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Thread: Leaf Q's for repro work

  1. #51
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    Re: Leaf Q's for repro work

    What is the best form of compression for a tiff?
    I am not a painter, nor an artist. Therefore I can see straight, and that may be my undoing. - Alfred Stieglitz

    Website: http://www.timelessjewishart.com

  2. #52
    Senior Member Stefan Steib's Avatar
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    Re: Leaf Q's for repro work

    Simply spoken: None.
    Compressed tifs (LZW) are unsupported by most database image engines and incompatible to be opened in Webbrowsers and if they open they are SLOOOOOOW. Add this to the shere size and then just forget about. Given the fact that a fullresolution jpg with best quality also will be up to 80-90 % of the tiff (try yourself- if you have a full structure, full detail pergament page with paper structure and lots of details the JPG will be very big) and still looses Color information and exactness (which is also essential for scientific analysis of the images) you should simply go with tiffs. There is a whitepaper about the definitions for digital image acquisition for documents made by the DFG (and in part by the BSB) available as PDF :

    http://www.dfg.de/download/pdf/foerd...sierung_en.pdf

    Regards
    Stefan

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    Re: Leaf Q's for repro work

    That document is a wealth of information in its own right Stefan, I will be studying it intently!
    I am not a painter, nor an artist. Therefore I can see straight, and that may be my undoing. - Alfred Stieglitz

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    Re: Leaf Q's for repro work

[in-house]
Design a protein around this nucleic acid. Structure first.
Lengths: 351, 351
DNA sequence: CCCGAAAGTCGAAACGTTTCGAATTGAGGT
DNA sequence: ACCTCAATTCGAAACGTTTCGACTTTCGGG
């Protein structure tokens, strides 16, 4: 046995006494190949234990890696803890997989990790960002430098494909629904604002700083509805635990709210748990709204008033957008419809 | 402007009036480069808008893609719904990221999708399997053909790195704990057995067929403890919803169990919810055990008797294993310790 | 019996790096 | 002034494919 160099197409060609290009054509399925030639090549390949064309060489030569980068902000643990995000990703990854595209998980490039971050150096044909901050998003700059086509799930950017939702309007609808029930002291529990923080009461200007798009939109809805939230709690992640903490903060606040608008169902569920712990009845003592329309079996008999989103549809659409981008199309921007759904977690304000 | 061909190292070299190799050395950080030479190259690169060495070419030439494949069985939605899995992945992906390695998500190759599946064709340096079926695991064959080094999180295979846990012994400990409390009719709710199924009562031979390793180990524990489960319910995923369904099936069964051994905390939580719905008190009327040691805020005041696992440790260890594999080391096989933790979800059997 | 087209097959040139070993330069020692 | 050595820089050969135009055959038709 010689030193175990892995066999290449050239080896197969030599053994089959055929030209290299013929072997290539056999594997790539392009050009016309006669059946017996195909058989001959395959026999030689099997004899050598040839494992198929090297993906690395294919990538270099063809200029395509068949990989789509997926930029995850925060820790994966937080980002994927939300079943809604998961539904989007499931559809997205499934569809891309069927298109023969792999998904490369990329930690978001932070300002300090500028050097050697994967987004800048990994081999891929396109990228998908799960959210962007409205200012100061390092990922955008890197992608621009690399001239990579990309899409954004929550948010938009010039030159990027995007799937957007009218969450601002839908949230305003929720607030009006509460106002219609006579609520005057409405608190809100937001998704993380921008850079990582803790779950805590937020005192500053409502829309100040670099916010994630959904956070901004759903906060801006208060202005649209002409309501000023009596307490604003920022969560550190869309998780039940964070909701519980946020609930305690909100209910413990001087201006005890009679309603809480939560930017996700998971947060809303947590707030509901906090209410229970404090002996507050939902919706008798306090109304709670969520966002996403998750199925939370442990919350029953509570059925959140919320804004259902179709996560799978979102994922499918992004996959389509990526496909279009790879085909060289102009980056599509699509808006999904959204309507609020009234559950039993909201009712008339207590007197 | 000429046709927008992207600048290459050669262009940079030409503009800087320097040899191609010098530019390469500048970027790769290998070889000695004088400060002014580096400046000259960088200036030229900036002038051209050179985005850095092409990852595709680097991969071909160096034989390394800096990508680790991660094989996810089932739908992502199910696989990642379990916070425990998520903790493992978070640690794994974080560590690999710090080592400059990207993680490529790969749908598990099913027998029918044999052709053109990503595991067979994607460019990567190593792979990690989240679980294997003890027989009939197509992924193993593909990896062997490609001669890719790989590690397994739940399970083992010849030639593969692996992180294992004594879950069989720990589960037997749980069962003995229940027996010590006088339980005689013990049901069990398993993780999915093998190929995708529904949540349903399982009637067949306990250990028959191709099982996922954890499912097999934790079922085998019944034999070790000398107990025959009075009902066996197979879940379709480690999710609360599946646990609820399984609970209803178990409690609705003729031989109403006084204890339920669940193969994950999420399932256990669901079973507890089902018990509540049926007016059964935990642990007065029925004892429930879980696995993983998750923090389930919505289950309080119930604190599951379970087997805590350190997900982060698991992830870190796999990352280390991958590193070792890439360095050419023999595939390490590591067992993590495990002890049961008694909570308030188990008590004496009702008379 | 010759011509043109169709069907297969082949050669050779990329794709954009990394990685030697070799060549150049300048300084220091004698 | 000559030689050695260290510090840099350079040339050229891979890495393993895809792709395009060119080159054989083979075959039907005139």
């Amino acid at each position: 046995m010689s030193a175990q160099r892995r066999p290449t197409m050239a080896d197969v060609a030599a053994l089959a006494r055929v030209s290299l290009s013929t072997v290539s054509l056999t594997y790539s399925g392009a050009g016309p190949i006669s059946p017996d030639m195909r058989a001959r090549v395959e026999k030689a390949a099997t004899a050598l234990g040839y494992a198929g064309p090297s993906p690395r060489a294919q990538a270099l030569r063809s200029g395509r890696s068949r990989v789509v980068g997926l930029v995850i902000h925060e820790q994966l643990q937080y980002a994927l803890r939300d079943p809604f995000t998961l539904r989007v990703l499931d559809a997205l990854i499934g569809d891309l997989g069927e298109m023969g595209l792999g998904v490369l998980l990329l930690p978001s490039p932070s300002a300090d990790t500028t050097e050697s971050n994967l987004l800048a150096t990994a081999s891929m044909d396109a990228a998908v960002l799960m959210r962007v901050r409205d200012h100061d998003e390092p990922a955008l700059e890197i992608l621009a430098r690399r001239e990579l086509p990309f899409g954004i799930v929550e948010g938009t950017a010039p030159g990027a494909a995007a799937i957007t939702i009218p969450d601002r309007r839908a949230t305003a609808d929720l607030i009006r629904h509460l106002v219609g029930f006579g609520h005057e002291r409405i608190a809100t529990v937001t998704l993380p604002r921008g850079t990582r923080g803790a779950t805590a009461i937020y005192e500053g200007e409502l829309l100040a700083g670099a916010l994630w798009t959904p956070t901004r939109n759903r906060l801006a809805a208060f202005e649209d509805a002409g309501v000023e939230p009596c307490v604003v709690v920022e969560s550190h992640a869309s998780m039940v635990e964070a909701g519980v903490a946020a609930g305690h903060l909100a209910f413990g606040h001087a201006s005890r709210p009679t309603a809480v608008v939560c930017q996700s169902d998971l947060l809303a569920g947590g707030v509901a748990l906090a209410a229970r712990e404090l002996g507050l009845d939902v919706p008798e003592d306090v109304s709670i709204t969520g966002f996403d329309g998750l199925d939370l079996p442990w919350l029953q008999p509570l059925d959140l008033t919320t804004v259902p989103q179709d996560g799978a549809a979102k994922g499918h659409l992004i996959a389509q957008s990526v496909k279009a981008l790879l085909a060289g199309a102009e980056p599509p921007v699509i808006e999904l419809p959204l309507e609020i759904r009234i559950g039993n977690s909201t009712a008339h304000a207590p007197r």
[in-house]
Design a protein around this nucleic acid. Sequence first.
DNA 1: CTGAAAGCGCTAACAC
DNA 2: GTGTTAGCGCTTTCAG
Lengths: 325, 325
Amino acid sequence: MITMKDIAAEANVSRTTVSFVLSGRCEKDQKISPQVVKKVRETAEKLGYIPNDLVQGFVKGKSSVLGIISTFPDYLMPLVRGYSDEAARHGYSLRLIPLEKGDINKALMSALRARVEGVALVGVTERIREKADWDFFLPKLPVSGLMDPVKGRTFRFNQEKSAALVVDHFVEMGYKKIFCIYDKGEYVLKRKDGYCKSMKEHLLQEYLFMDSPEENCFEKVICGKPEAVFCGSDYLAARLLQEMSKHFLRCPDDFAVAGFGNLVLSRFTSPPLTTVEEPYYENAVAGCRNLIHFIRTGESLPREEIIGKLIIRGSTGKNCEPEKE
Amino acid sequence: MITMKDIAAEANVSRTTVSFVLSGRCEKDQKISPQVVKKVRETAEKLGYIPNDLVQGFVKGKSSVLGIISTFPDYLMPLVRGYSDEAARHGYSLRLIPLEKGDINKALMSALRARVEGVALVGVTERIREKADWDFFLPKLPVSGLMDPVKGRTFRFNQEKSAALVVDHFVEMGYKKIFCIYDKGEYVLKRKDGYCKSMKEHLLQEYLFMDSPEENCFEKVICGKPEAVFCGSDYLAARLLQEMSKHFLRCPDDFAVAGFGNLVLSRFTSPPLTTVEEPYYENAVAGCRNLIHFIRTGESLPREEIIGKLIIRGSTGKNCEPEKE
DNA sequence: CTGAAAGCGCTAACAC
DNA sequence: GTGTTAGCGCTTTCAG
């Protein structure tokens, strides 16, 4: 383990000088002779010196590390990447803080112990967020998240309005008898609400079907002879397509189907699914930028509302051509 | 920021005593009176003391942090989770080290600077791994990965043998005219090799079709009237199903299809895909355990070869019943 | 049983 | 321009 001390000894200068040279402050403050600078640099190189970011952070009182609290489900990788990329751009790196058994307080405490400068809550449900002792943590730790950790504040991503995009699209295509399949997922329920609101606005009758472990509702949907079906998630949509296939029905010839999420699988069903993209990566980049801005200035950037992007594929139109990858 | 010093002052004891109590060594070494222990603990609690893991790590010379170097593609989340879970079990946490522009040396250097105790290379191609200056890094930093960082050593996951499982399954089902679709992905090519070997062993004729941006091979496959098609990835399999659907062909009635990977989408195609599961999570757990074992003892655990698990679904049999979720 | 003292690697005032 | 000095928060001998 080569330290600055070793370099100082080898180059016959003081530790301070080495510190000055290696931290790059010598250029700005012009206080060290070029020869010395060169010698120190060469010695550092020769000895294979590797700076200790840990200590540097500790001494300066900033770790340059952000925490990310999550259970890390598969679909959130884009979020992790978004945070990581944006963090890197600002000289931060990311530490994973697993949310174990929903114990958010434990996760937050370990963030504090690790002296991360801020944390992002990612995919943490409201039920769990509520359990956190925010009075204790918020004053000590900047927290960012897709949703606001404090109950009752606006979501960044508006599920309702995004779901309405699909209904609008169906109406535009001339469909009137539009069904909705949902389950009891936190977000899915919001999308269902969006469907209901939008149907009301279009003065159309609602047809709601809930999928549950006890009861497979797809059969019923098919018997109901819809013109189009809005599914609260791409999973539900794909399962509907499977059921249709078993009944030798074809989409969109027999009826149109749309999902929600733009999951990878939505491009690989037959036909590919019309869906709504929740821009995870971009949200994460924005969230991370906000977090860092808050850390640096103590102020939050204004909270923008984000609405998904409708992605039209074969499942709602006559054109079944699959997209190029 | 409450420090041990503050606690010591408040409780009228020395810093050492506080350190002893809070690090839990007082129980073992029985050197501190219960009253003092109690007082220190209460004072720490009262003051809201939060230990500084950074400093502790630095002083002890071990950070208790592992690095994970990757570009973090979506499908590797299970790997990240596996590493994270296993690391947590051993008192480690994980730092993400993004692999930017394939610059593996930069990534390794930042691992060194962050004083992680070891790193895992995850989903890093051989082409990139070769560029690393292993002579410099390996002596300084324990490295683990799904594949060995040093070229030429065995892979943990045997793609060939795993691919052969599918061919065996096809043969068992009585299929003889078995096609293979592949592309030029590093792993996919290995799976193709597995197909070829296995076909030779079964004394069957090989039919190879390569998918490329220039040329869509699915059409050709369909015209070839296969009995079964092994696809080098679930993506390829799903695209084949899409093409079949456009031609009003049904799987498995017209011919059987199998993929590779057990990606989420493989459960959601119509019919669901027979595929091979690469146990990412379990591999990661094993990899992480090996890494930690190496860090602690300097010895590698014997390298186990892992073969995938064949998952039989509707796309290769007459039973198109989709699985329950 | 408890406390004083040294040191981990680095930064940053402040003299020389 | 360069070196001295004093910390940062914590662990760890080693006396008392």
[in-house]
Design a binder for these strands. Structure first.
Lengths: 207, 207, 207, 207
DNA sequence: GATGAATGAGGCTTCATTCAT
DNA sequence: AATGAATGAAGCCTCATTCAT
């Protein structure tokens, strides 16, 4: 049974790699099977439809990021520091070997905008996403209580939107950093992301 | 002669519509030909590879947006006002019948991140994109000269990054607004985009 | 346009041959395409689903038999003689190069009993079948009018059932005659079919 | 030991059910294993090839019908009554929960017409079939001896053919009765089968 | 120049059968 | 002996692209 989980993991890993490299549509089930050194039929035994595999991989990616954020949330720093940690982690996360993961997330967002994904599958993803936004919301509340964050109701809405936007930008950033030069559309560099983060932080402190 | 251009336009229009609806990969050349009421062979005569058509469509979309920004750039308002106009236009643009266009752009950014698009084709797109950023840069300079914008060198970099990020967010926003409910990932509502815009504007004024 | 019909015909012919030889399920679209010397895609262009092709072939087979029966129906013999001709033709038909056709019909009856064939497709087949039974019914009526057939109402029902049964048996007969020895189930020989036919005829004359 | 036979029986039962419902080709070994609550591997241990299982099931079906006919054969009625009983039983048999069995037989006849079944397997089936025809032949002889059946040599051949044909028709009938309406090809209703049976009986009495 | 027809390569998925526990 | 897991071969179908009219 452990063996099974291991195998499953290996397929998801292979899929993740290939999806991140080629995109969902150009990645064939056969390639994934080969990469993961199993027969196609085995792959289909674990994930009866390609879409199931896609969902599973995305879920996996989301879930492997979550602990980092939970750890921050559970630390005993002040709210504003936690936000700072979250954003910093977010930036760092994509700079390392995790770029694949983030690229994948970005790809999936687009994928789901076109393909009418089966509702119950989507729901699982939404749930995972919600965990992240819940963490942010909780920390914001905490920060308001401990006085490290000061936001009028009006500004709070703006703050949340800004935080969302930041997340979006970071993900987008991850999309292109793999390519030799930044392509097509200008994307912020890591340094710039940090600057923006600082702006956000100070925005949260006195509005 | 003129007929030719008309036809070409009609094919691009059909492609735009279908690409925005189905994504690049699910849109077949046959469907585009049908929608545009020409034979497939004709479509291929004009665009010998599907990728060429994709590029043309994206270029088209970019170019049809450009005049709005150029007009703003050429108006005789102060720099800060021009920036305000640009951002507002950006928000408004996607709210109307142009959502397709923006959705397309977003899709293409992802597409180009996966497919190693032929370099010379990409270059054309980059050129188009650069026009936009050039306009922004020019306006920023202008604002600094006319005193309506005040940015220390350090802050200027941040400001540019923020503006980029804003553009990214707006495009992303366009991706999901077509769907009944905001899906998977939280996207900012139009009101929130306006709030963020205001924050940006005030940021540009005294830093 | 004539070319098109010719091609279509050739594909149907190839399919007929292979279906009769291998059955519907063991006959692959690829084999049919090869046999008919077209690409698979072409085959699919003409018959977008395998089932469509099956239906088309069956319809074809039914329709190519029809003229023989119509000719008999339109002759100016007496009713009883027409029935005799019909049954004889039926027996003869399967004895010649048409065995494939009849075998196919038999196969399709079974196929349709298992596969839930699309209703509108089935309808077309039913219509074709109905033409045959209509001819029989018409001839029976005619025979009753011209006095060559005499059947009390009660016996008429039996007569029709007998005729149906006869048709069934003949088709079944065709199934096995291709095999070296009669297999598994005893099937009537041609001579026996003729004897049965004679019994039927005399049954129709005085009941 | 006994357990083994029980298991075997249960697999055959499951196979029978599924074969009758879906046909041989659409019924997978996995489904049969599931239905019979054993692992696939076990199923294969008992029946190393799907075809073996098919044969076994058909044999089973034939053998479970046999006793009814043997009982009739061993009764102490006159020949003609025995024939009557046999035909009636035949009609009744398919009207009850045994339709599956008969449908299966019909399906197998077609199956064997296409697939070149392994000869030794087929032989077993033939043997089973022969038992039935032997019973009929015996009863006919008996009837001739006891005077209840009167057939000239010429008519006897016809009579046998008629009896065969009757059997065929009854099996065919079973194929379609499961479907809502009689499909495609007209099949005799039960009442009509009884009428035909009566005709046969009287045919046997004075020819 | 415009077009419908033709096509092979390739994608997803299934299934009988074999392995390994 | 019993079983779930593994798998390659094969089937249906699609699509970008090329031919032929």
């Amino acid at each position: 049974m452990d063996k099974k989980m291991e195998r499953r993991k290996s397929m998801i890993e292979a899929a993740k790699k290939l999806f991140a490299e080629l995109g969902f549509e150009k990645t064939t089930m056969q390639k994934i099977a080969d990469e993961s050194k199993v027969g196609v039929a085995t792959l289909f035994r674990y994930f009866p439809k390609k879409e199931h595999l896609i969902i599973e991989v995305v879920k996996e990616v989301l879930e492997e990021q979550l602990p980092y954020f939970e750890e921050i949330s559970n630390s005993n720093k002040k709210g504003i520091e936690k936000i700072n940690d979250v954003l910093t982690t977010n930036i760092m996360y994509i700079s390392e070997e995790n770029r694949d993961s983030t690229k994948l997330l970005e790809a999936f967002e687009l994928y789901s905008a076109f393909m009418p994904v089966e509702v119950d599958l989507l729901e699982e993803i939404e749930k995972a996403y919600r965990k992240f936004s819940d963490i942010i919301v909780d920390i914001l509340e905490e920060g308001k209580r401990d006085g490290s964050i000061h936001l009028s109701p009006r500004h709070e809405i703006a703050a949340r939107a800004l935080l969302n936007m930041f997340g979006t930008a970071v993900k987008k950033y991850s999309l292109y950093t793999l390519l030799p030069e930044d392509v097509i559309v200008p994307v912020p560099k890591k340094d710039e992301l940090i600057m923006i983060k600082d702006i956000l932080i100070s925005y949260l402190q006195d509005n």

I think the question which I will be asking the organisation (they are hugely vague in their objectives, I have to be somewhat honest in that I'm pushing this project on them, they were interested but quite happy to procrastinate, as it's a private collection their interests are relatively narrow). You mention scientific analysis, to be honest if I gave them the files in B&W I don't think they would care that much. The main aspect seems to be the ability to transcribe and translate these works to be able to provide access to the public domain of the literature contained. Exact museum level digital preservation is not high on their priorities as far as I understand though I intend to lecture them on the subject very soon!

    They have been transcribing the material but due to the delicate nature of the books and scrolls it has been hard and painstaking. The scripts and writing methodology vary wildely as you can imagine with a single language being written over hundreds of years in locations varying from the far east to Europe and everything inbetween. I myself can read and write some 4 hebrew scripts ranging from ancient to medieval to modern but deciphering this stuff is way beyond me. I can recognise some letters but that is about it. Until now the transcription has involved a table, lamp, magnifying glass and a computer. Oh and a lot of time! The main goal as it was presented to me was the ability for a book to be sent to multiple experts where they could view it in some 5-10X it's original size with the utmost clarity, contrast, etc.